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Pot belly now common among Indians on low incomes too

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London: Traditionally thought to be a mark of prosperity, obesity is no longer confined to the rich in India. A new research has found that more than one in four middle-aged Indians on low and middling incomes now have an unhealthy midriff bulge.

The study published in the online journal BMJ Open showed that women are more likely to carry a spare tyre.

Fuelled, in part, by India’s rapid economic growth in recent years, obesity has trickled down to all levels of society, the researchers said.

“Population based promotion of appropriate lifestyles, with special emphasis on women, is required to counteract prosperity driven obesity before it becomes too entrenched and expensive to uproot,” the study said.

The study was authored by Sudipta Samal and Ambarish Dutta from Asian Institute of Public Health, Bhubaneswar, Odisha, and Pinaki Panigrahi from the University of Nebraska Medical Centre, Omaha, Nebraska, US.

The findings are based on a nationally representative survey of more than 7,000 people in 2010 from six Indian states: Rajasthan, Uttar Pradesh, West Bengal, Assam, Maharashtra, and Karnataka.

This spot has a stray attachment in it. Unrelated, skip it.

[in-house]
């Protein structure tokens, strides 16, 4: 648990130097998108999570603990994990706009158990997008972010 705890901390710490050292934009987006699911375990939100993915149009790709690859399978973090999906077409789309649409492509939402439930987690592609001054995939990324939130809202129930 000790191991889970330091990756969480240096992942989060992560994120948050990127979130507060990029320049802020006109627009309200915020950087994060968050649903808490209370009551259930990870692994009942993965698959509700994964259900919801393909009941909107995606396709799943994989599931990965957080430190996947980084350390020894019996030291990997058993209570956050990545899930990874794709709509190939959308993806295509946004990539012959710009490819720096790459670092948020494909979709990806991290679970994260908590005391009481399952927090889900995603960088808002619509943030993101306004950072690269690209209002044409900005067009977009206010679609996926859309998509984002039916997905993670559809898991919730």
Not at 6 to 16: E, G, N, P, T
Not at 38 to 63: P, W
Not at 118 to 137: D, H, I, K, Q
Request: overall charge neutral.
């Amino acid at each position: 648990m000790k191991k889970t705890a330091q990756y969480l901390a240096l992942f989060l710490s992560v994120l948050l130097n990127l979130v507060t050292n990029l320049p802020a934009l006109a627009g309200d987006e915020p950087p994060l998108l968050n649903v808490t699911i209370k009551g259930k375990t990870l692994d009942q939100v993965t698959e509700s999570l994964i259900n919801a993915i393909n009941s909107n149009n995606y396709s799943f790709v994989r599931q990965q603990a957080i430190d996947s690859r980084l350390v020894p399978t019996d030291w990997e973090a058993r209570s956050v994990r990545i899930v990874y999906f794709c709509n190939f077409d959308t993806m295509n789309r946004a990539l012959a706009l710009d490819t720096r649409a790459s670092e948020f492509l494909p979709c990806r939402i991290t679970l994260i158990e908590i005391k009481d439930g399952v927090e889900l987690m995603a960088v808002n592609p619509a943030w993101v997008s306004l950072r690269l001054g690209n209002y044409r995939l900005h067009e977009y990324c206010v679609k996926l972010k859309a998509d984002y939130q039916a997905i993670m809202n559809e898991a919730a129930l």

The survey, which included measurements of height, weight, waist circumference, and blood pressure, was part of the international Study on global Ageing and adult health , and involved only those aged 50 and above.

Most of the participants either had no paid job or lived on traditional subsistence or unskilled labour.

Analysis of the data showed that in all, 14 percent of the sample were overweight, while more than one in three (35 percent) had a midriff bulge, defined as a waist circumference of more than 90 cm for men and more than 80 cm for women.

Women were particularly prone to central adiposity, with more than two thirds of those among the most affluent and almost half of those on low to middling incomes carrying an unhealthy spare tyre.